(photograph © Kiwidutch)

(photograph © Kiwidutch)

(photograph © Kiwidutch)

(photograph © Kiwidutch)

(photograph © Kiwidutch)

(photograph © Kiwidutch)

(photograph © Kiwidutch)

(photograph © Kiwidutch)

(photograph © Kiwidutch)

(photograph © Kiwidutch)

(photograph © Kiwidutch)

(photograph © Kiwidutch)

(photograph © Kiwidutch)

(photograph © Kiwidutch)

May 3, 2013

Even Rain Clouds Have Silver Linings….

(photograph © Kiwidutch)

(photograph © Kiwidutch)

One good thing about going on an early morning visit to a family attraction Park on cold, grey and wet day in early April  is that sometimes the crowds appear to have woken up, looked out the window at the bad weather and decided they would rather stay in bed.

Their loss is our gain: we now have a boat ride with a friendly and chatty boat driver who’s delighted to have a few passengers, even if it is only the four of us.

What first looks like a large lake is in fact a series of connected waterways and islands, there are expensive permanent homes dotting the shoreline and some equally expensive holiday houses (although not all of them at in the best of states).

Land is scarce in the Netherlands and a little semi secluded bolt-hole with water access so close to the centre of a major city is a luxury item and a hot ticket if you can find it. Experience with property here tells me that even the more run down places will be worth decent six figure sums so the prices of the larger permanent homes will definitely come into the “if you have to ask, you can’t afford it”  category.

Many of the holiday homes are in little islands so boat docks are the transportation parking areas, no doubt very busy in summer.

Yes, ok it’s raining and the view would be better with sunshine and blue skies, but there’s also something very relaxing about the novelty of having a boat ride like this all to yourself,  we can ask all the questions we like of the friendly skipper, who’s a fund of local knowledge.

The kids of course want to know about the iron tower close to the dock,  some local residents who thought it would be better scrapped but it’s now protected because it’s an old fire department watch tower and getting on for 100 years old.  Sadly for the kids the metal work is no longer safe enough to allow the tourist hordes to climb it, basic repairs keep it in shape but  it would simply cost too much to bring it up to standard for opening to the public.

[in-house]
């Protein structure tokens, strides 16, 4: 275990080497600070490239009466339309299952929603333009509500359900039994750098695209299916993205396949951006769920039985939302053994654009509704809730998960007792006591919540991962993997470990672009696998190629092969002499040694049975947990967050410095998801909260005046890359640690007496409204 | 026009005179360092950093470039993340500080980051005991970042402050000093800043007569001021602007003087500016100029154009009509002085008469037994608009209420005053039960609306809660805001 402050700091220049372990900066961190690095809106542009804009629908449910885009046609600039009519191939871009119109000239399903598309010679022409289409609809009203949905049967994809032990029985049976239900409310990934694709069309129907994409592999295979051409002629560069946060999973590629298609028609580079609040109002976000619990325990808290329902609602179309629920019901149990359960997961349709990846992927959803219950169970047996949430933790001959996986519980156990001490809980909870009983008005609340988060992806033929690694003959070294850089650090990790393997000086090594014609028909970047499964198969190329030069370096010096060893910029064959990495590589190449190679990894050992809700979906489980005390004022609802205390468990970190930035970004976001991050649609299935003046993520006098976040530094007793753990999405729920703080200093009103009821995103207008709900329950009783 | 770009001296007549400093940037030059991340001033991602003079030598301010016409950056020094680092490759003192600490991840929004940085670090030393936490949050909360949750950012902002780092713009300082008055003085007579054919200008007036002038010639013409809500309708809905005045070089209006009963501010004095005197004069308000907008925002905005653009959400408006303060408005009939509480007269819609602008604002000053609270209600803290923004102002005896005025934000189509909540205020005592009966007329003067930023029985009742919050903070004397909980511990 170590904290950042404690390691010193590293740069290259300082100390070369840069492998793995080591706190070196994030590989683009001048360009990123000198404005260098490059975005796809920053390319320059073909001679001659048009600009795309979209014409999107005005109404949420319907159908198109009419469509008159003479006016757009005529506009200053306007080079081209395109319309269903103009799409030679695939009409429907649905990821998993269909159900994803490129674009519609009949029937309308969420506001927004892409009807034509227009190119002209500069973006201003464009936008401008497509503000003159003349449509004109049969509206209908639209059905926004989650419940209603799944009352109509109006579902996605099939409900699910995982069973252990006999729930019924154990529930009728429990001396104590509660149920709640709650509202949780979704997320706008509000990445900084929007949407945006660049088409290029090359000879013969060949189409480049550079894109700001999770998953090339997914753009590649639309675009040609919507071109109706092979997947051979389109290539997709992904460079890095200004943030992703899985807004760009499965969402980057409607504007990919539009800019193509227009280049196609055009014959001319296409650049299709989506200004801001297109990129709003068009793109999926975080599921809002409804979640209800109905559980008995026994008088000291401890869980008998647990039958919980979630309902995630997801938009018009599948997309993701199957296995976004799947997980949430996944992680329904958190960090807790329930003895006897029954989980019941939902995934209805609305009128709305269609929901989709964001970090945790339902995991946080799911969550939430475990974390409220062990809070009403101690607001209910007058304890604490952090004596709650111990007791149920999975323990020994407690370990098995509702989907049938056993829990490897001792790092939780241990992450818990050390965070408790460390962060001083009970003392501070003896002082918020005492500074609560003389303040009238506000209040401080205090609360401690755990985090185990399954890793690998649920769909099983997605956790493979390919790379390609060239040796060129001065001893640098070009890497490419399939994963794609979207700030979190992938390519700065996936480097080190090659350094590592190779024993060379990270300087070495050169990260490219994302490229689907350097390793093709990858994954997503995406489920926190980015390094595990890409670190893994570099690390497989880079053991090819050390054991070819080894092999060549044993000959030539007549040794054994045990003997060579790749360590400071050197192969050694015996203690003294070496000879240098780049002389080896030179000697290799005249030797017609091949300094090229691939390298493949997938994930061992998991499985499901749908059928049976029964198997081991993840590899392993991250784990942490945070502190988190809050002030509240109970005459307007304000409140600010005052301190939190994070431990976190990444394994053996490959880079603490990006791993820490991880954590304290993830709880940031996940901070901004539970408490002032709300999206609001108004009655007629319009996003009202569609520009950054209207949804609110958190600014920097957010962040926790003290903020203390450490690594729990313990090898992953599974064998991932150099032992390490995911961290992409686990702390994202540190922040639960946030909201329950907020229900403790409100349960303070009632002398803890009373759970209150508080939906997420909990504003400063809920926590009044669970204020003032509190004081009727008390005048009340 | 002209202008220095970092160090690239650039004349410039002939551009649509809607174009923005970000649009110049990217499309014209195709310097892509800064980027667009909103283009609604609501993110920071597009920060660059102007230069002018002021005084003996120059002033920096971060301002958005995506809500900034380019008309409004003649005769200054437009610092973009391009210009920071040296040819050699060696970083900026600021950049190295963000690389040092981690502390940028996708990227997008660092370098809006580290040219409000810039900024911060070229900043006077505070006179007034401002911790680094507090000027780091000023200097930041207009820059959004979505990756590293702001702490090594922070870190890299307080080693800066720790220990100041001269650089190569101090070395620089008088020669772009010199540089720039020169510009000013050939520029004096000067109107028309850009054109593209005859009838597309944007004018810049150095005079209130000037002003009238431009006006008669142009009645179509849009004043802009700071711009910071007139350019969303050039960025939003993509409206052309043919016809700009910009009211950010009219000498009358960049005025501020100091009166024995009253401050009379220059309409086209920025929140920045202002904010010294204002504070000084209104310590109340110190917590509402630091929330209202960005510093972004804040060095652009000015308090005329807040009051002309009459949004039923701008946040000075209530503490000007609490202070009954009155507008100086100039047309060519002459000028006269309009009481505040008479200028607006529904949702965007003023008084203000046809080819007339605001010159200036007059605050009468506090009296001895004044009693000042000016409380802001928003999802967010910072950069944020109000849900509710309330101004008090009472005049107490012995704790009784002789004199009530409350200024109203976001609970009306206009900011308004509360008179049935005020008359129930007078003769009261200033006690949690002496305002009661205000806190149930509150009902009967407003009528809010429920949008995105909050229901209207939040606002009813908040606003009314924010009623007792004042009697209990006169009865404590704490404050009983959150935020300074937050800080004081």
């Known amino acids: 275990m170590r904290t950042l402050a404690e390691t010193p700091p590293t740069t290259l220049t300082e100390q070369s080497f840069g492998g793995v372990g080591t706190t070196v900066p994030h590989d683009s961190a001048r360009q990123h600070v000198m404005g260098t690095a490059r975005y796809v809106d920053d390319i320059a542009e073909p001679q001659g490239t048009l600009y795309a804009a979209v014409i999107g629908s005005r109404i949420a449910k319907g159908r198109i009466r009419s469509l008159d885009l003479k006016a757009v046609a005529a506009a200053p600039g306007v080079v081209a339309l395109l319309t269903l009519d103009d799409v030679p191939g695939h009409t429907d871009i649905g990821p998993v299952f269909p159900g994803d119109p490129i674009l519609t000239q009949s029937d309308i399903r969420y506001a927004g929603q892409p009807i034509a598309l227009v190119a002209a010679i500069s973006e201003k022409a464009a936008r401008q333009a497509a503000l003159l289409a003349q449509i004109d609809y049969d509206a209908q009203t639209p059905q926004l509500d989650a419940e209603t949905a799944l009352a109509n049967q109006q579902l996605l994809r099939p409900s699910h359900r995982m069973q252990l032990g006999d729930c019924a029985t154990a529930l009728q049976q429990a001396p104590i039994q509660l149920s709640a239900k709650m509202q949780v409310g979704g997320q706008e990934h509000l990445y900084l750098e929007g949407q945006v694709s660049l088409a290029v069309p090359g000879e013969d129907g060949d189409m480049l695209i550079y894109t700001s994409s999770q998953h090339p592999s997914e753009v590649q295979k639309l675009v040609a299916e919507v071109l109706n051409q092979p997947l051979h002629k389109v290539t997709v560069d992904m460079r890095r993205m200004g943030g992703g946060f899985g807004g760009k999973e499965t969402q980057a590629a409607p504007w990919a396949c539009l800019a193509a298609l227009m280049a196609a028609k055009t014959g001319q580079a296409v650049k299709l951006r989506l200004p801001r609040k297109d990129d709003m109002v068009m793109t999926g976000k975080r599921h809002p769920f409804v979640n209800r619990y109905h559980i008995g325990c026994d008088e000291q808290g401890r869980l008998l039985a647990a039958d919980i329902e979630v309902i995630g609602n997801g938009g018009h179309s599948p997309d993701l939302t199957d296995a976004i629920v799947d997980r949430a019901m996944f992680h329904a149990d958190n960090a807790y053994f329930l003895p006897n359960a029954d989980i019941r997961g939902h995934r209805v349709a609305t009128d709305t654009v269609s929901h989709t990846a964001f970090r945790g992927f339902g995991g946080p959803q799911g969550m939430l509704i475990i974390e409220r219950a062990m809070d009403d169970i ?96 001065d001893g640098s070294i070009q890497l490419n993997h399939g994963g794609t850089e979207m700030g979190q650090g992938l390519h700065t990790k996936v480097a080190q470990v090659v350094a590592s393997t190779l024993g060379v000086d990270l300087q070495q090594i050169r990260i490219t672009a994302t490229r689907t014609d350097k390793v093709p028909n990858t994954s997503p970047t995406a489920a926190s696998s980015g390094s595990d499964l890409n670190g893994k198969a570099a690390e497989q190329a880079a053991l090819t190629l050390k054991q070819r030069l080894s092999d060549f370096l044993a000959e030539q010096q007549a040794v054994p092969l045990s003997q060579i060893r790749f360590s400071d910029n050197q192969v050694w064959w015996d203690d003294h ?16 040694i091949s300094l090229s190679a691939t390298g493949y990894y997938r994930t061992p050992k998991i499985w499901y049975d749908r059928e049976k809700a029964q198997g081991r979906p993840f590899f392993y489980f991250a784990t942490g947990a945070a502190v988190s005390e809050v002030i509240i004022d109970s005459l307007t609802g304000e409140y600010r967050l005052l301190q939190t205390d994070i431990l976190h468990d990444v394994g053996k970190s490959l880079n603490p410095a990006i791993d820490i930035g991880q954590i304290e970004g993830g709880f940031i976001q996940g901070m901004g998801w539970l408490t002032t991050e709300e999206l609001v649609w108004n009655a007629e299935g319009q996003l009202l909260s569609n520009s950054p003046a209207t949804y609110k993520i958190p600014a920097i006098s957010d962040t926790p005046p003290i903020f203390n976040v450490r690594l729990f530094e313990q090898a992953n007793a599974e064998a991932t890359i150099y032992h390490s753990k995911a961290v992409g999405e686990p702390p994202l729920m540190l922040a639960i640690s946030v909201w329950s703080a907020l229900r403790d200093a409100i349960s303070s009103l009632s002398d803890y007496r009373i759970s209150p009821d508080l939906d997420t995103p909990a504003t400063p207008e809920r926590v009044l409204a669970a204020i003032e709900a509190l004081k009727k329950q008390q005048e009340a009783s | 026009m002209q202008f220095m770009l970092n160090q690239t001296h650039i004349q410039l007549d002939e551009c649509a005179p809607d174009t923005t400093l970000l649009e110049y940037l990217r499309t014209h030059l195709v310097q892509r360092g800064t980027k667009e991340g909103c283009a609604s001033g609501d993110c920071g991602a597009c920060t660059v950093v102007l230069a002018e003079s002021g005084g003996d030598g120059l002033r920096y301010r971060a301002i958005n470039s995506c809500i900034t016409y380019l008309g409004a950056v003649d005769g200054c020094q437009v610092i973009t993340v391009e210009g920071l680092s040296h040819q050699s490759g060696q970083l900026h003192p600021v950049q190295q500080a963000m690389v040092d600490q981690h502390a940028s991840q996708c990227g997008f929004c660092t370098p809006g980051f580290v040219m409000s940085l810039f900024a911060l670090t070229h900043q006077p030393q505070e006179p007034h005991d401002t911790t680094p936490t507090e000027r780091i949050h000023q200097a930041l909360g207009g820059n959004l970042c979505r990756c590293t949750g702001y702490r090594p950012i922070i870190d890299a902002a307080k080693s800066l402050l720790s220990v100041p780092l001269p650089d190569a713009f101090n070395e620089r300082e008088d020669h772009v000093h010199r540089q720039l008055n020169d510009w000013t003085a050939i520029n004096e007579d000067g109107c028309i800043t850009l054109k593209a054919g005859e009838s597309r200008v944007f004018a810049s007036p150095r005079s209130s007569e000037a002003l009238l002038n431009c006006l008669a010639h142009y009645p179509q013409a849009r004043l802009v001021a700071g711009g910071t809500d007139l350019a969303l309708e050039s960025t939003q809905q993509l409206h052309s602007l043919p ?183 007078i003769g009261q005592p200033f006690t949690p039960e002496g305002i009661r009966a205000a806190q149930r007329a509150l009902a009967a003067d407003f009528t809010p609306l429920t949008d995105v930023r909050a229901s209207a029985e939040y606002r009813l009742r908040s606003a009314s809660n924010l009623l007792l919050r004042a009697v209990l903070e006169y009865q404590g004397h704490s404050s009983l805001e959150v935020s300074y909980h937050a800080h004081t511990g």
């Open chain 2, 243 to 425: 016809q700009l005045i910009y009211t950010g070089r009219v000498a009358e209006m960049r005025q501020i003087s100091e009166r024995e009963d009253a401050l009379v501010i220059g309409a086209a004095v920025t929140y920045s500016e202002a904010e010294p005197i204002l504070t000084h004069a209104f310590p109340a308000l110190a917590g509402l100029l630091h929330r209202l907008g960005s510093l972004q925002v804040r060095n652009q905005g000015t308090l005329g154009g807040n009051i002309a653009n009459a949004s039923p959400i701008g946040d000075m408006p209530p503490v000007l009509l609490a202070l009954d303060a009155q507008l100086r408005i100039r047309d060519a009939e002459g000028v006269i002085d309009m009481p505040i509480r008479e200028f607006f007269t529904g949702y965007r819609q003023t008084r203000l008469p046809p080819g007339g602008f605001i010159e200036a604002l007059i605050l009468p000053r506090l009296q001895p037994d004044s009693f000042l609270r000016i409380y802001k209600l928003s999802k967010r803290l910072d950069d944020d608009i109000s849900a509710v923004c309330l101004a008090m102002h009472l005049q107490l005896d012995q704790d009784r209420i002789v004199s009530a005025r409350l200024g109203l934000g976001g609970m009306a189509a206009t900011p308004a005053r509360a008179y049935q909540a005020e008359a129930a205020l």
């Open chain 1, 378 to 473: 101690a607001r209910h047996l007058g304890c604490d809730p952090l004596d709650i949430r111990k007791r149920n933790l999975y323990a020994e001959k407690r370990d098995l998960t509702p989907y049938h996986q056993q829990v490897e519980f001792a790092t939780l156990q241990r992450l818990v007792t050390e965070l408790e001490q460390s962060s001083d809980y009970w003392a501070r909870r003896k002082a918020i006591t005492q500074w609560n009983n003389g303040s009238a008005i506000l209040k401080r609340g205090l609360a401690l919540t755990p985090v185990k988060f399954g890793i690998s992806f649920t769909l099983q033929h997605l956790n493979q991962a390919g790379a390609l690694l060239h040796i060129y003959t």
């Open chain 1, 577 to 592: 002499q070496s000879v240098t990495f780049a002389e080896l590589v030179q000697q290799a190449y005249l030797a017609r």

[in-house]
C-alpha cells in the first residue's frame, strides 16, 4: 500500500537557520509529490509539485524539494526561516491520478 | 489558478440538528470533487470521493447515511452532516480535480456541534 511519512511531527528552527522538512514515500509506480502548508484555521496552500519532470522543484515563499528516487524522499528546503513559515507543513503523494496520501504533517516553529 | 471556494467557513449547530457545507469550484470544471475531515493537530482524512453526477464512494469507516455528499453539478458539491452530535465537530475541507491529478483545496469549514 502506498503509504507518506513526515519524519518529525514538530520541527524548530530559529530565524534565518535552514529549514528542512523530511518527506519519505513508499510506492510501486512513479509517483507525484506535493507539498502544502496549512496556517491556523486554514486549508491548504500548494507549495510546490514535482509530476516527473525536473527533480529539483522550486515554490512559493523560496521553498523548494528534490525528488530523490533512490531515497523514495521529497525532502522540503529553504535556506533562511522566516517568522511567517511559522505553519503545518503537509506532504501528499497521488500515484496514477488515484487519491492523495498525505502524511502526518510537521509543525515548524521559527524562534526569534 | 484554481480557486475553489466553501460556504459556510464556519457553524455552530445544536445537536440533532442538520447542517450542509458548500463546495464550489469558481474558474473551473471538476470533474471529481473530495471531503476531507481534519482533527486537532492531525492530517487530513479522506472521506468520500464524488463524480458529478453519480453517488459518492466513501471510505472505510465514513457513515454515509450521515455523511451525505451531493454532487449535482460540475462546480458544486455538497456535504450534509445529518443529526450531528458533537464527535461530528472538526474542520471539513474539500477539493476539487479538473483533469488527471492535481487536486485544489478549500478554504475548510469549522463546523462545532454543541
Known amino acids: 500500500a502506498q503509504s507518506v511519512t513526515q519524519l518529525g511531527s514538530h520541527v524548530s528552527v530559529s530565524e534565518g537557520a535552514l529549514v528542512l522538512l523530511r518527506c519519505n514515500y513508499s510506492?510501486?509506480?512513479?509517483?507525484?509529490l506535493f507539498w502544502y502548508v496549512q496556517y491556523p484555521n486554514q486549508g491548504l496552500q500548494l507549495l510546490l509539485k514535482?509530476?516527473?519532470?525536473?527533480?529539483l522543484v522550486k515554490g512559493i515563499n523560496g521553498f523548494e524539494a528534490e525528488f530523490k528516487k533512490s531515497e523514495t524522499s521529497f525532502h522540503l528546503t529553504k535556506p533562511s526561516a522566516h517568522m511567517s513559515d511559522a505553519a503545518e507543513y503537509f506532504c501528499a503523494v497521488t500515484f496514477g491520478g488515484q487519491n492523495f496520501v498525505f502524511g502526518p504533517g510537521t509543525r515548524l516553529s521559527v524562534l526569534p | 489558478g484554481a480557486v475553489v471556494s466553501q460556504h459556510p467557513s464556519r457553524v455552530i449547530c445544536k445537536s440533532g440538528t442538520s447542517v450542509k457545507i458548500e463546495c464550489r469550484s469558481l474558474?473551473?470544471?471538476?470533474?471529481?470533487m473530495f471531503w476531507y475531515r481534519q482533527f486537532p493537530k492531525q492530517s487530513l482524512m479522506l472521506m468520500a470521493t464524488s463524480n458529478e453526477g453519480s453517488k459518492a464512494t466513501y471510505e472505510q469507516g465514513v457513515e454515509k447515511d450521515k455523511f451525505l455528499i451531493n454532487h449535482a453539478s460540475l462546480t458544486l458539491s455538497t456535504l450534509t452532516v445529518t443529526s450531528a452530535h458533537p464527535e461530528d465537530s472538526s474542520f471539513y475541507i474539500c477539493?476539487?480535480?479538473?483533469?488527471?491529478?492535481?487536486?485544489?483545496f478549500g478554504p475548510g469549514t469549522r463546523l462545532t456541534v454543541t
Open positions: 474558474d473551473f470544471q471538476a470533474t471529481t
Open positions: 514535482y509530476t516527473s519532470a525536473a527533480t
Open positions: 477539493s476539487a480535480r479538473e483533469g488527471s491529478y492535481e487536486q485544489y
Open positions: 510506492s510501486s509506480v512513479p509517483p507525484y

Once we get back to shore and disembark, I notice an older couple waiting to board… like us they will have the boat entirely to themselves…  even rain clouds have a silver lining.

(photograph © Kiwidutch)

(photograph © Kiwidutch)

(photograph © Kiwidutch)

(photograph © Kiwidutch)

(photograph © Kiwidutch)

(photograph © Kiwidutch)

(photograph © Kiwidutch)

(photograph © Kiwidutch)

(photograph © Kiwidutch)

(photograph © Kiwidutch)

(photograph © Kiwidutch)

(photograph © Kiwidutch)

(photograph © Kiwidutch)

(photograph © Kiwidutch)

(photograph © Kiwidutch)

(photograph © Kiwidutch)

(photograph © Kiwidutch)

(photograph © Kiwidutch)

(photograph © Kiwidutch)

(photograph © Kiwidutch)

(photograph © Kiwidutch)

(photograph © Kiwidutch)

(photograph © Kiwidutch)

(photograph © Kiwidutch)

(photograph © Kiwidutch)

(photograph © Kiwidutch)

(photograph © Kiwidutch)

(photograph © Kiwidutch)

(photograph © Kiwidutch)

(photograph © Kiwidutch)

(photograph © Kiwidutch)

(photograph © Kiwidutch)

(photograph © Kiwidutch)

(photograph © Kiwidutch)

(photograph © Kiwidutch)

(photograph © Kiwidutch)

(photograph © Kiwidutch)

(photograph © Kiwidutch)

(photograph © Kiwidutch)

(photograph © Kiwidutch)

(photograph © Kiwidutch)

(photograph © Kiwidutch)

(photograph © Kiwidutch)

(photograph © Kiwidutch)

(photograph © Kiwidutch)